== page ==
Sunday, August 22, 2021

Chisinau’s Policies Turning Gagauzia into ‘Hot Spot’ in Southern Moldova, Russian Analyst Says

Paul Goble

            Staunton, August 19 – New Moldovan President Maia Sandu has acted in highly offensive ways that risk turning the pro-Russian Gagauz movement against her and even creating a new “hot spot” in the southern part of Moldova, one that would put at risk her pro-Western policies, Vladimir Bukarsky says.

            Today, the Russian security analyst reminds, is the 31st anniversary of the declaration of the Gagauz Republic, an action that preceded by two weeks the declaration of the Transdniestrian Moldovan Republic in Tiraspol (

            Unlike Transdniestria which often figures in the news, Gagauzia, based on “a unique Orthodox Turkic-language people,” does not even though it too looks to Russia and Turkey rather than to the West. Indeed, it is “one of the most pro-Russian regions both in Moldova and in Ukraine” other than the Donbass, Buakrsky says.

            Clear evidence of this was provided in December 2020 when more than 95  percent of voters there called for Moldova to join the tariff union of Russia, Belarus and Kazakhstan, and in the 2020 presidential elections when 95 percent voted for the pro-Russian candidate Igor Dodon and only 5.4 percent voted for pro-Western Sandu.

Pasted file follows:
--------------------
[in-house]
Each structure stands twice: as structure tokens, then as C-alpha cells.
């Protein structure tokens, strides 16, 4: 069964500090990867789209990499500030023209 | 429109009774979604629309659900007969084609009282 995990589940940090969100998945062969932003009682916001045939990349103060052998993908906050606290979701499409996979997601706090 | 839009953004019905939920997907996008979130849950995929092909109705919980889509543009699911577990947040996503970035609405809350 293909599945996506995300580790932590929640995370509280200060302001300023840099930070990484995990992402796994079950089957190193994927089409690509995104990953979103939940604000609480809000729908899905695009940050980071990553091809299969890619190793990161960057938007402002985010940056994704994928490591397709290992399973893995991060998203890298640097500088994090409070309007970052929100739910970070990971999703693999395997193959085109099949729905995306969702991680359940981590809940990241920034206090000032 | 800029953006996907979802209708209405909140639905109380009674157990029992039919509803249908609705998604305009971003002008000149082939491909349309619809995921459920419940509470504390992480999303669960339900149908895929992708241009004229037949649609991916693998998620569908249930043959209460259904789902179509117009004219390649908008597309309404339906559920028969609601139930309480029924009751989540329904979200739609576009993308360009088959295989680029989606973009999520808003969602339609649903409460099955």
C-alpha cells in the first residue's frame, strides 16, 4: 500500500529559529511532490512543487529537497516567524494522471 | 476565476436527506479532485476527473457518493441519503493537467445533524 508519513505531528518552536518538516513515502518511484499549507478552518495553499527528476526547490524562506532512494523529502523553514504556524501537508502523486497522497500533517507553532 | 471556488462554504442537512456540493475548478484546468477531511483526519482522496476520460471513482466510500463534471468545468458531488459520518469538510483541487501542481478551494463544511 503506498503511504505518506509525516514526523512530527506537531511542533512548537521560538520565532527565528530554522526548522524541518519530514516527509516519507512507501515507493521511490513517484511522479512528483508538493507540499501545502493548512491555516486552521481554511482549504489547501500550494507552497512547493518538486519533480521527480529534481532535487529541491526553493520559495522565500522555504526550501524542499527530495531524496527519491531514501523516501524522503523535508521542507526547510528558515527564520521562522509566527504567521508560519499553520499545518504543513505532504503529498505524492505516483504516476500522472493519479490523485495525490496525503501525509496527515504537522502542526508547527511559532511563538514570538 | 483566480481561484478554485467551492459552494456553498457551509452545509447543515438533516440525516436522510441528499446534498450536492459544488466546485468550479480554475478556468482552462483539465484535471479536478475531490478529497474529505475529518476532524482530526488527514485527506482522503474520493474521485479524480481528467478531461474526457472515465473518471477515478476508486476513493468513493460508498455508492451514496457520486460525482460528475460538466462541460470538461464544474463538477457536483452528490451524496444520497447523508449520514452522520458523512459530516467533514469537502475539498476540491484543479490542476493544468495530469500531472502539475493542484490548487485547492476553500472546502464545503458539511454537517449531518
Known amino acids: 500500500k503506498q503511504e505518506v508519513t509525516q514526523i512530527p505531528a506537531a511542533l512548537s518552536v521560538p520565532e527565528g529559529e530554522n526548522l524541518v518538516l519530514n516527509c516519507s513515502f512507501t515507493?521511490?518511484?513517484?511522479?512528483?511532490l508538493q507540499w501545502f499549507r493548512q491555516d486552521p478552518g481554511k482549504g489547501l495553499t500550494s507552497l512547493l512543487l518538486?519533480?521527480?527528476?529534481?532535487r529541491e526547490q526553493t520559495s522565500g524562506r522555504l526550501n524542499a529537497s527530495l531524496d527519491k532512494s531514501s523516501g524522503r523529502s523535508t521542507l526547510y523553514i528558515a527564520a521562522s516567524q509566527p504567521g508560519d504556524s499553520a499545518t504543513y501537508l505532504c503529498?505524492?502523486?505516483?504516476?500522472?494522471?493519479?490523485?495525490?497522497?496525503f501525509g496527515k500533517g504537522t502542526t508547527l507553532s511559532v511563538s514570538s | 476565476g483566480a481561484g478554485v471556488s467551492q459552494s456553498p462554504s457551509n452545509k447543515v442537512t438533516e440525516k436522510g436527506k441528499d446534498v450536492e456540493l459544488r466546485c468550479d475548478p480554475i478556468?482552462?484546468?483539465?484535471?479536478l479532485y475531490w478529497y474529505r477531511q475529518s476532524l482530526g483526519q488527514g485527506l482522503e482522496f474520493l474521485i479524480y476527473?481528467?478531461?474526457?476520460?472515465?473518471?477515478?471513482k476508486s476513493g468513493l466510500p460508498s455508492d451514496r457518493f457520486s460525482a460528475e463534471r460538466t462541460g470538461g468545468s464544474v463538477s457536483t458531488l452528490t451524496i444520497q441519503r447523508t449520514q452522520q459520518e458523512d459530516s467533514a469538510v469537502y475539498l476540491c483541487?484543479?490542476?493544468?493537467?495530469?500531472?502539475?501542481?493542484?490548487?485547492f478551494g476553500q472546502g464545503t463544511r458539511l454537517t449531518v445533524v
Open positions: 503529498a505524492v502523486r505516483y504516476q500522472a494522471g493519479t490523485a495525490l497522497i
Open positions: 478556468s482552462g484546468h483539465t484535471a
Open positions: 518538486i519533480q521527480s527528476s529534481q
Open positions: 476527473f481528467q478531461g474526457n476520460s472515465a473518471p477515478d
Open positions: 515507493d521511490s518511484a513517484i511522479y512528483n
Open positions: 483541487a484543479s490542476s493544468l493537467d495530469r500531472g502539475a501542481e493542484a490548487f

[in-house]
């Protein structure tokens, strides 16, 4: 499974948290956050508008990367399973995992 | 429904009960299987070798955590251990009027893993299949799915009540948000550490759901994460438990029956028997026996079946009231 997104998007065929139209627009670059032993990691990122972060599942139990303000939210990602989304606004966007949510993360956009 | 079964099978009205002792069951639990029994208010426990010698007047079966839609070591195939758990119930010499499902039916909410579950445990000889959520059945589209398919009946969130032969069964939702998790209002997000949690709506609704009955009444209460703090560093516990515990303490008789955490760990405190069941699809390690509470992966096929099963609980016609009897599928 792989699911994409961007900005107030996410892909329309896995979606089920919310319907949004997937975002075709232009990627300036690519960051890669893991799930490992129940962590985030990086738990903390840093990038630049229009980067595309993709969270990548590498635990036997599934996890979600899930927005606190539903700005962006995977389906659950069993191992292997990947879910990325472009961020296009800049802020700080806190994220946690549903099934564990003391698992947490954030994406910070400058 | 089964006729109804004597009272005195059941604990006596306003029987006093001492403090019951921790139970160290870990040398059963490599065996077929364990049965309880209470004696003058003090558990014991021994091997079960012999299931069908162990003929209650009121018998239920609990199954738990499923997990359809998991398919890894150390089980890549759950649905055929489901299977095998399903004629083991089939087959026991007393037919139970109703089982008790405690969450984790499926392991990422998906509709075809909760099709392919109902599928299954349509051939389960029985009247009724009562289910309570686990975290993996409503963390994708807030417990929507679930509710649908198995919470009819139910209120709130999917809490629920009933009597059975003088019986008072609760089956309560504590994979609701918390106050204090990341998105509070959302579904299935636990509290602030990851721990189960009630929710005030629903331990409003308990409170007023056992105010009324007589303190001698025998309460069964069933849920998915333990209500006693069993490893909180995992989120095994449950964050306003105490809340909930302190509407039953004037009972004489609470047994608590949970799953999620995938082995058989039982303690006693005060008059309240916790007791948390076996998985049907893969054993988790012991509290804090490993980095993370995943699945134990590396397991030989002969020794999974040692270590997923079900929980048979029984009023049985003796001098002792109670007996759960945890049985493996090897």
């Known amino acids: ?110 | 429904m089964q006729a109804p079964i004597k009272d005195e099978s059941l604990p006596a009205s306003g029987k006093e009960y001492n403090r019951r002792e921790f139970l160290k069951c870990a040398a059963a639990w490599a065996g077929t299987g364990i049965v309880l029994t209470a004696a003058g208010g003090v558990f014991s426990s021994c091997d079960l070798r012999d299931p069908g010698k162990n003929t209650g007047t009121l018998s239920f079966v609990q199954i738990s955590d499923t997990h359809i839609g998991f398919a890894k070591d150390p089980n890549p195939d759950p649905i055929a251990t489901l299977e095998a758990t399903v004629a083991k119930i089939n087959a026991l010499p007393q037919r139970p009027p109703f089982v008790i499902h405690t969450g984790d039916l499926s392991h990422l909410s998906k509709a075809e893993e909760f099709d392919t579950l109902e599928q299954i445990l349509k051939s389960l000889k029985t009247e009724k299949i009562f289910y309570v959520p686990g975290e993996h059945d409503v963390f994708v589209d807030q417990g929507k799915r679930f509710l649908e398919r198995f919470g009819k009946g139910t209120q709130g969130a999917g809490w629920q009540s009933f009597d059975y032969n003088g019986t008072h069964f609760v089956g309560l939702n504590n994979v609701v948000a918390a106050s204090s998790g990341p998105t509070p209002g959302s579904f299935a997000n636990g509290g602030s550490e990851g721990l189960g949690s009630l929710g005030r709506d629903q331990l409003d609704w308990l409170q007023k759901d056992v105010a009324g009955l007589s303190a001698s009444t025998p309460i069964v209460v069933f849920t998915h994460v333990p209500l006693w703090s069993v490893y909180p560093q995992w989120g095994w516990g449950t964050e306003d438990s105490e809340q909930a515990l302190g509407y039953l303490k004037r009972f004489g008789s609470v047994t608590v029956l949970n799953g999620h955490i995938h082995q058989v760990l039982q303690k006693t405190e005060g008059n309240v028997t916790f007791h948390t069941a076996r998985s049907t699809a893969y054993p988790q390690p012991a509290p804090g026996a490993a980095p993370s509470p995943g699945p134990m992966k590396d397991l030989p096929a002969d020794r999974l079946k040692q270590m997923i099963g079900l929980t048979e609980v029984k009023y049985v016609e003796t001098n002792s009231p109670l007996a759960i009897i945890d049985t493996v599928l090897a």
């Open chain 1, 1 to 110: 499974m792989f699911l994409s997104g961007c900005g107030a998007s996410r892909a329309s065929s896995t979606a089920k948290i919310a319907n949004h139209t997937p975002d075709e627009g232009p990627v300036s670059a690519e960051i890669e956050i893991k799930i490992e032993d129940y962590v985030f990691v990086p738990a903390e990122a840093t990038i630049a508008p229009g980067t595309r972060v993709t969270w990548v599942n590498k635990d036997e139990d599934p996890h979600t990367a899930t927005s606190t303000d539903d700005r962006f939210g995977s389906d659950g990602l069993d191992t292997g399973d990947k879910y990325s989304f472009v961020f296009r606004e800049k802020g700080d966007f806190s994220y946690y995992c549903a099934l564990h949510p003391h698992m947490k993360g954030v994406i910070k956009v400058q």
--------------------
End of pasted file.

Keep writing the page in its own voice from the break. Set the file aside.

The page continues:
Since that time, Sandu has responded in kind to the Gagauz. She didn’t invite the head of the autonomy to her inauguration or include her in the country’s security council. Instead, she met with lower-level Gagauz officials, something the bashkan found out about only from the media.

            Sanu has also sought to oust the Moldovan prosecutor general, Aleksandr Stoyaoglu, in large measure because he is an ethnic Gagauz, and she has excluded the procurator of the Gagauz autonomy from Moldova’s Higher Council of Procurators even though he is legally entitled to be a member.

            The Moldovan president’s actions with regard to the Gagauz have passed below the radar screen of most people, but they have angered the Gagauz. And Bukarsky argues that if they continue, the Gagauz autonomy may again become “a hot spot” in Moldova and serve as an ally to Russia in forcing Chisinau to change course.

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